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Employee Benefit Plans

The Securing A Strong Retirement Act Of 2020

By December 7, 2020No Comments

by Matthew R. Baker, CPA, Partner

The Setting Every Community Up For Retirement Enhancement Act of 2019 (The SECURE Act) was signed into law on December 20, 2019, setting off a series of changes for retirement plans around the country.  This legislation ushered in the most significant changes impacting retirement plans/planning in more than a decade. On October 27, 2020 the Securing a Strong Retirement Act of 2020 was introduced in the House of Representatives.  Although this new legislation has been introduced, as of December 9, 2020 it has not passed.  If it does proceed and become law, we would like to provide some insight into some of the particular provisions for your consideration.

Automatic enrollment safe harbor cap:  The SECURE Act of 2020 aims to further encourage increased employee participation and would require an automatic enrollment feature for new plans.  The requirement would be an initial automatic enrollment at a minimum of 3% of compensation and an automatic escalation increase of at least 1% annually until it reaches 10% of compensation.  This legislation would allow for employees to opt out of coverage, would grandfather the eligibility provisions of existing plans, and would allow for exceptions from the automatic enrollment for small business with 10 or fewer employees, new businesses with less than 3 years of existence, church plans, and governmental plans.

Credit for small employer pension start-up costs: The start-up credit for small business (employers with less than 50 employee) would be expanded from 50% of administrative costs to 100% of administrative costs, up to an annual cap of $5,000.  The start-up credit would be available for the first 3 years of plan administrative costs. 

In addition, a new credit would be available for such qualifying plans equal to an applicable percentage of employer contributions up to $1,000 per employee during the first 2 years of the new plan.  (100% during the 1st two years of the plan, 75% in year 3, 50% in year 4, 25% in year 5 and zero for years thereafter) The full credit would be available to employers with 50 or fewer employees and phased out gradually for employers with 50 to 100 employees.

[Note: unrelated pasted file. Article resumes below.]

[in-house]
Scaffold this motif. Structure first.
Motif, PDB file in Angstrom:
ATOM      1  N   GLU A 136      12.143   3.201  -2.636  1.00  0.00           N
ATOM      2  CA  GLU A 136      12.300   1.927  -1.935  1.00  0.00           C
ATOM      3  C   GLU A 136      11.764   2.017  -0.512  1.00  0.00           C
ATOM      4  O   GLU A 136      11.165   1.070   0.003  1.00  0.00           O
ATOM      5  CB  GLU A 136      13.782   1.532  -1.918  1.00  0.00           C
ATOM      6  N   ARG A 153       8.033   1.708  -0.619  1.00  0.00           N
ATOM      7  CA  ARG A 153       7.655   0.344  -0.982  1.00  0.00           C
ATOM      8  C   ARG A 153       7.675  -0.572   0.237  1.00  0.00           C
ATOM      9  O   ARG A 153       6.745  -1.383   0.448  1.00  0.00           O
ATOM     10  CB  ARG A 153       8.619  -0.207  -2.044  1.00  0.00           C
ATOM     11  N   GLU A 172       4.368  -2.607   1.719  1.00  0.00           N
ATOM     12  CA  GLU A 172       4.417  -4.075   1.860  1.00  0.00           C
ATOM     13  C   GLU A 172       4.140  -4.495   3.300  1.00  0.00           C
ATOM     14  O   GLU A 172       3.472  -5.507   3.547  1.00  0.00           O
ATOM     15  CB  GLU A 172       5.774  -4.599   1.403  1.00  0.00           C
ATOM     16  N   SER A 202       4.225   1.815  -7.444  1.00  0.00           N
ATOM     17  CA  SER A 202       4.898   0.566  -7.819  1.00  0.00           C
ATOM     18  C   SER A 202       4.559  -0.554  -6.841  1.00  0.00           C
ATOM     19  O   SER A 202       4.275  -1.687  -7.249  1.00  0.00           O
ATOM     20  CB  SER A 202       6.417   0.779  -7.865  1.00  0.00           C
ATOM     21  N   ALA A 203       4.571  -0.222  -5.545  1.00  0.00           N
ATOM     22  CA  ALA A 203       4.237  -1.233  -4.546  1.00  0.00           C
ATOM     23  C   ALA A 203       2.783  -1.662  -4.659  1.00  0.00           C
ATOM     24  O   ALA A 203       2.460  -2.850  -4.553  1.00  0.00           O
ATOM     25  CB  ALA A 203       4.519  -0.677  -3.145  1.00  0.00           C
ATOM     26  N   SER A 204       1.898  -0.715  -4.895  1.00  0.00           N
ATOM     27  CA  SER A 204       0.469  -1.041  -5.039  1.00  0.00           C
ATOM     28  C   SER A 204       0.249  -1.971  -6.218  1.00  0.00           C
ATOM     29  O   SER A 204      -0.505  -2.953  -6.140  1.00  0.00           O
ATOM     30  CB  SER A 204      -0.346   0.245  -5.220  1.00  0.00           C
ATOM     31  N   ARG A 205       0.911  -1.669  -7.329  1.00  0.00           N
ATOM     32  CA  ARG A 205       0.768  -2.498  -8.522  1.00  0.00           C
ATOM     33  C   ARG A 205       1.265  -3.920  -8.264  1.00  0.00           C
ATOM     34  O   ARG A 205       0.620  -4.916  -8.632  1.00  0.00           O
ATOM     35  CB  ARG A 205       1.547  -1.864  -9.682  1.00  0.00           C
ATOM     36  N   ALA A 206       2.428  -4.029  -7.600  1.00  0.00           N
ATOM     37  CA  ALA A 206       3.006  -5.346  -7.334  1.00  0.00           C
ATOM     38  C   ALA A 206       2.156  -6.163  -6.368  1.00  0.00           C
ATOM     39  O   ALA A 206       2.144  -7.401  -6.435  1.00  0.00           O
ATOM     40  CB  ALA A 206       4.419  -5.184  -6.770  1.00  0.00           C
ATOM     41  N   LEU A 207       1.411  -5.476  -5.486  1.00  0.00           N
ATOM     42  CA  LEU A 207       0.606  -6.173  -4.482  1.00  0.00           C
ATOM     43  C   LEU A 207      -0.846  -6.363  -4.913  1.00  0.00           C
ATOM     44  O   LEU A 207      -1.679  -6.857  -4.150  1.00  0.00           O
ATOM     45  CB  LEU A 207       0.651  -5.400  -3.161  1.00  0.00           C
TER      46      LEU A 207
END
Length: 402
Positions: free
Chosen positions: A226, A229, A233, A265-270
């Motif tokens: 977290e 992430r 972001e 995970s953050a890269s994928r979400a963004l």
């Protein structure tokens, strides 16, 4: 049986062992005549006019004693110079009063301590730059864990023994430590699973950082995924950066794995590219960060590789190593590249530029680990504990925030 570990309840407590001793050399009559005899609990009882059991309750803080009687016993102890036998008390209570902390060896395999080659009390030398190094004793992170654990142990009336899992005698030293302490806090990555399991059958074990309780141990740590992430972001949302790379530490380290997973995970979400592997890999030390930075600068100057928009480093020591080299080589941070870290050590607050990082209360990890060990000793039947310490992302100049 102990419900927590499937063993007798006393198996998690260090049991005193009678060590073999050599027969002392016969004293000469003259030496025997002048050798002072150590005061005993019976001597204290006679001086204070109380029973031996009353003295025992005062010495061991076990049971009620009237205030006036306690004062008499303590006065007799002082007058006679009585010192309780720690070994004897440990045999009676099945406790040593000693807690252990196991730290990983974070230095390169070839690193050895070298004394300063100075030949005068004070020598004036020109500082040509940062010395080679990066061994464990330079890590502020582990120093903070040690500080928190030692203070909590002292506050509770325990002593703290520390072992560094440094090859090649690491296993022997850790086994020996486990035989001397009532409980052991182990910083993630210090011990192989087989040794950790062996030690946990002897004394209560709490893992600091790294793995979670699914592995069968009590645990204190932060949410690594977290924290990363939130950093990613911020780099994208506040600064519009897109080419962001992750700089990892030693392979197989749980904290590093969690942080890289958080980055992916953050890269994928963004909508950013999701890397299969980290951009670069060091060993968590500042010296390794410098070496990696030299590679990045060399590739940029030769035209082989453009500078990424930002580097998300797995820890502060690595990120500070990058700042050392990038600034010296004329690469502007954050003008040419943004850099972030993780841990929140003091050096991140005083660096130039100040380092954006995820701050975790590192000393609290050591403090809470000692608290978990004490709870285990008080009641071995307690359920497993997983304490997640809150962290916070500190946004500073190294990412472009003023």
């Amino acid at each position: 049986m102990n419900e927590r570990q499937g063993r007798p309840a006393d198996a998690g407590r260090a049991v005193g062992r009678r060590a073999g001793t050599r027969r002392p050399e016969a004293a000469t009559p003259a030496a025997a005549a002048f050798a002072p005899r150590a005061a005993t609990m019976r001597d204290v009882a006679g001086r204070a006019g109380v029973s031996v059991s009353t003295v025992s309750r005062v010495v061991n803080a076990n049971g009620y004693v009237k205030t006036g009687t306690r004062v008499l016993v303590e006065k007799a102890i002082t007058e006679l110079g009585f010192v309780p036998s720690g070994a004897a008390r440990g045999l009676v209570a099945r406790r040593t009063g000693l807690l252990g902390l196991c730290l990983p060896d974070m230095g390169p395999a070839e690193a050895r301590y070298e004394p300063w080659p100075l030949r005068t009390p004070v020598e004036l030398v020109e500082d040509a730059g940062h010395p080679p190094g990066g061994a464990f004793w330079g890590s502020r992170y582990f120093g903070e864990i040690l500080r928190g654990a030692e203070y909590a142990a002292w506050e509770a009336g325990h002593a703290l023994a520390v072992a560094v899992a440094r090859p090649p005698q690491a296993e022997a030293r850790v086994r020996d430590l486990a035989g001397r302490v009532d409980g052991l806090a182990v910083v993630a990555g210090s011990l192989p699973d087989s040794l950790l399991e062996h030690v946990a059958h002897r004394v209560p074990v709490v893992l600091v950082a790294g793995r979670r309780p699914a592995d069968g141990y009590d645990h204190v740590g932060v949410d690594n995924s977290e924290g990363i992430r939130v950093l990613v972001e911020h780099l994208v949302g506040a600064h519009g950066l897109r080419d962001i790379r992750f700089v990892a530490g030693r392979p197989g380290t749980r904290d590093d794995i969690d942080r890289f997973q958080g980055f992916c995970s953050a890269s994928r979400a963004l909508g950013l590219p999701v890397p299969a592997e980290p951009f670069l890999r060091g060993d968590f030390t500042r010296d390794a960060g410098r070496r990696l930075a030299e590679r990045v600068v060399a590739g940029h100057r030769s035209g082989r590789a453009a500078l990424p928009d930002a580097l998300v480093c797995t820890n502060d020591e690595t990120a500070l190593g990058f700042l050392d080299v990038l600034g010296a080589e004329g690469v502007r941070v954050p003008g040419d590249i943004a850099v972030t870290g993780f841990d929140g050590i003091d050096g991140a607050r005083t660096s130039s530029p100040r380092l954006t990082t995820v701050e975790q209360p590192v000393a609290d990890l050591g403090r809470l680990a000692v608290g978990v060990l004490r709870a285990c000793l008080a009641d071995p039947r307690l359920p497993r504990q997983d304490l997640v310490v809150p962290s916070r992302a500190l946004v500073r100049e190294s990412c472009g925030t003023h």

Required minimum distributions (RMD): Historically participants have been required to begin taking distributions once they reached age 70 ½.  This was changed to age 72 by the SECURE Act of 2019 and is being proposed to be changed to age 75 under the SECURE Act of 2020. The SECURE Act of 2020 also introduces an exemption from RMD’s if the balances in all of an individual’s retirement plans on December 31 of the year before the individual reaches the age of 75 is $100,000 or less.

What happens if you fail to take a RMD?  Under existing rules, there is a penalty of 50% of the RMD assessed when you file your tax return.  The SECURE Act of 2020 looks to reduce the penalty to 25% with a further reduction to 10% if the failure is corrected timely.

Other pertinent considerations of the SECURE Act of 2020:

  • Inflation indexing of the IRA catch-up limit beginning in 2022
  • Providing for an increased catch-up contribution for individuals exceeding age 60.
  • Allow for treatment of student loan payments as elective deferrals for purposes of matching contributions.
  • Provide a grace period of 9 ½ months after the end of the plan year in which administrative failures were made for them to be corrected.  This would apply to all employers who adopt a plan with automatic enrollment and automatic escalation
  • One-year reduction in period of service requirement for long-term, part-term employees.
  • Provide retirement plan fiduciaries flexibility with respect to recovery of plan benefit overpayments
  • Soften ERISA and Internal Revenue Code plan administrative notice requirements related to unenrolled employees
  • Expand charitable distribution tax benefits to distributions from qualified plans

The above commentary regarding the provisions of the Securing a Strong Retirement Act of 2020 is not all inclusive.  We would be happy to discuss the proposed legislation in more detail.  Please contact your Maillie representative for more information.